Nyika is unlike anywhere else I have ever experienced in Africa. It is a spectacular wild area, which reminded me of Scotland. Being at over 2,000m the temperature is much colder than elsewhere in the country and on touchdown we were immediately rummaging in our rucksacks to pull out fleeces and jumpers.

The lodge staff greeted us with hot chocolate at the grassy airstrip, where we were welcomed by a small group of burchells zebra.

The landscape here is very scenic with open rolling grassland and crystal clear rivers and lakes, prolific bird life and mammal species include the rare roan antelope, which I saw for the first time on our drive, as well as leopards and hyena. The vehicles used here are closed because it does get pretty chilly, but they are very comfortable.

We were treated to sundowners on a high rocky outcrop with superb views over the surrounding plains and over the border into nearby Zambia.

The Wilderness safaris owned Chelinda Lodge is unique in Africa, consisting of eight pine log cabins each with its own fireplace where I had a warm bath and a short nap in front of a roaring log fire before a fine dinner in the main lounge, before being handed a hot water bottle to take back to my cabin!

This area is truly unforgettable and like nowhere else I have ever been, offering a great blend of adventure with trekking, mountain biking, fly fishing, luxury and relaxation.

Malawi

Day 7

After an early start on a chilly morning and a quick breakfast we boarded a light aircraft flight for the two-hour flight back to Lilongwe and then said a sad farewell to Malawi before boarding a South African Airways flight back to Johannesburg and onto London.

Malawi is a truly memorable African experience with a huge diversity of habitats, wildlife and experiences on offer. The landscape is beautiful, lush, green and fertile, with towering mountains and crystal clear lakes.

The people as yet seem very unaffected by tourism and are naturally warm, friendly and welcoming.

The wildlife of Malawi has suffered in the past from poaching and other problems but what makes this country so fascinating is the huge conservation project, which is now well underway. Malawi's parks will soon offer Big Five game viewing once again, but without the crowds to be found in other parts of the continent, so it's a fascinating time to visit.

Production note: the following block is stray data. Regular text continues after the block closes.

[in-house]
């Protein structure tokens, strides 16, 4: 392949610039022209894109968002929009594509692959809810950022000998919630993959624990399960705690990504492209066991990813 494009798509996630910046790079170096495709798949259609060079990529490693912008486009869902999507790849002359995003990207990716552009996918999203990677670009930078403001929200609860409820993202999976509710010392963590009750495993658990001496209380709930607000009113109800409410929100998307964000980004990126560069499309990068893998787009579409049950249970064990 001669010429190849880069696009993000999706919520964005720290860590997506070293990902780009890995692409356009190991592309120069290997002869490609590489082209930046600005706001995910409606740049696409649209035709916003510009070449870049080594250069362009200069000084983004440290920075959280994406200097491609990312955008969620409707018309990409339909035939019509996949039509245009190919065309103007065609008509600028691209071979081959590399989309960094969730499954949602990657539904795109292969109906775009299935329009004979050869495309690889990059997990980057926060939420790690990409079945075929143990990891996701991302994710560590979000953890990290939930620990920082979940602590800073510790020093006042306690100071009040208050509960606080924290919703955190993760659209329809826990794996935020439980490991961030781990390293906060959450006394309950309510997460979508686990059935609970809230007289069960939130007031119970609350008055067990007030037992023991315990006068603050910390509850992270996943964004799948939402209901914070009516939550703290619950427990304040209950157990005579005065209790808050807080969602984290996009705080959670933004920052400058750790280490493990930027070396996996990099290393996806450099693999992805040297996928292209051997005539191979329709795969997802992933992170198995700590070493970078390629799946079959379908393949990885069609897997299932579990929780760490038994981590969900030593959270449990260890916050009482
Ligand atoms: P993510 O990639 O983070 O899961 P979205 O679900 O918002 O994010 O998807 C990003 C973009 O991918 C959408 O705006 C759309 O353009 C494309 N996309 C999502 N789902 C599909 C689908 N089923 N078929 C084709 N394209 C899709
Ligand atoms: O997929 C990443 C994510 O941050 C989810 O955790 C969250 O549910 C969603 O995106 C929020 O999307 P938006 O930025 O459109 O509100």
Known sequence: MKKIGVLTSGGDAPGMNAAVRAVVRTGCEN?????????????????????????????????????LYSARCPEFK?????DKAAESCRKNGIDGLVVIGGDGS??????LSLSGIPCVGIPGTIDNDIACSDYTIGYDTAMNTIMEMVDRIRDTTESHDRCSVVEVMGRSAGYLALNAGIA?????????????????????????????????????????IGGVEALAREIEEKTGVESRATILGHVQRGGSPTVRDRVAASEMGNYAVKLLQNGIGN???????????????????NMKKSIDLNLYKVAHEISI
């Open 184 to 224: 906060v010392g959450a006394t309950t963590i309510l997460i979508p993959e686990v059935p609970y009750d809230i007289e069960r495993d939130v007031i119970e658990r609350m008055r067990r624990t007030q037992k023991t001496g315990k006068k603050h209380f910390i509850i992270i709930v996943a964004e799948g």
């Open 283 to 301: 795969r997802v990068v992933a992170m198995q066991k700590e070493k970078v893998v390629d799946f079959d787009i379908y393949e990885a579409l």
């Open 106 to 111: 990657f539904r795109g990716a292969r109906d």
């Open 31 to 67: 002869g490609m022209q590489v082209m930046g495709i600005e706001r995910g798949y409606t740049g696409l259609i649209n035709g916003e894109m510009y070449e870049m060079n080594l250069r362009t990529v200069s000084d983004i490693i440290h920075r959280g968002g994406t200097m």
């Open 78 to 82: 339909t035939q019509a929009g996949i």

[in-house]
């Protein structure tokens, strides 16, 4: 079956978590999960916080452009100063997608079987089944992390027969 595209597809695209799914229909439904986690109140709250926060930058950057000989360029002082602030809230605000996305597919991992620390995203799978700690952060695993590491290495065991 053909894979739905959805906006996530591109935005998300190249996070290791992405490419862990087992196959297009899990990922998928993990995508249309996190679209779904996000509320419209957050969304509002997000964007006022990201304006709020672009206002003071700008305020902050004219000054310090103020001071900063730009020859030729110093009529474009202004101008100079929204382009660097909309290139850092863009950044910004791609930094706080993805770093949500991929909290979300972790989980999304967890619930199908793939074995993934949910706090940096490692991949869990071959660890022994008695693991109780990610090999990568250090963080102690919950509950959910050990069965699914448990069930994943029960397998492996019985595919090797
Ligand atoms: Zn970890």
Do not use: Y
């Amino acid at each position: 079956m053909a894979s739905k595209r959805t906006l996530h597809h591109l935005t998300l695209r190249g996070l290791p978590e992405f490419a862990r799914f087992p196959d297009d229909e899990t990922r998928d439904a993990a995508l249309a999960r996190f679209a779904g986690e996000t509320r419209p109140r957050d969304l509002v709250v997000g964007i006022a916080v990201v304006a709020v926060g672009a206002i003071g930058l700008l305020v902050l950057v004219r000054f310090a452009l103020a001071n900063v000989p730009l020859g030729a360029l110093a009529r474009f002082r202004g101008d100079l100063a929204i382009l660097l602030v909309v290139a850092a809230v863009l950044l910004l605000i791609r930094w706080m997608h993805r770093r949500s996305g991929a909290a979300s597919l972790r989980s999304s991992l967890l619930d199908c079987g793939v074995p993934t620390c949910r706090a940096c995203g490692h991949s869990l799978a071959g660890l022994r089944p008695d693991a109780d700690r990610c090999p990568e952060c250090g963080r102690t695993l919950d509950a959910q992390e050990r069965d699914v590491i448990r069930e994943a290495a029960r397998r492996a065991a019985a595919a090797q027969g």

However, if you do want to combine the wildlife of one of Zambia's famous parks, South Luangwa is actually closer and more easily accessible from Lilongwe than from Lusaka, so these countries make a great twin centre, safari/beach combination.

Malawi is probably not so much a ‘Destination safari' in the same as say Botswana or Kenya - it's more about the journey. About taking the time to relax and explore this fascinating and diverse country, from its mountains, to its lakes and beaches.

There is so much more to Malawi though than just the wildlife. The country is already popular with backpackers and it's easy to see why as there is so much on offer, such as the great hiking and trekking, the three-day ascent of Mount Mulanje or the famous Livingstonia Trail from 1800 m up on the Nyika Plateau right down to the shoreline of Lake Malawi some 50 km away.

Then of course there are the beaches on the lake: beautiful white, sand beaches with crystal clear water, with a full range of watersports on offer.

It's a country I would certainly recommend for anyone looking for a totally unique holiday or honeymoon. What could be more romantic than eating or camping out under the enormity of the dazzling Malawian sky? It's somewhere that you can still find total tranquility, peace and seclusion away from the crowds.

Personally I would just love to go back to explore more of this country and see how the lions are settling in to their new homes in a few years time!

Malawi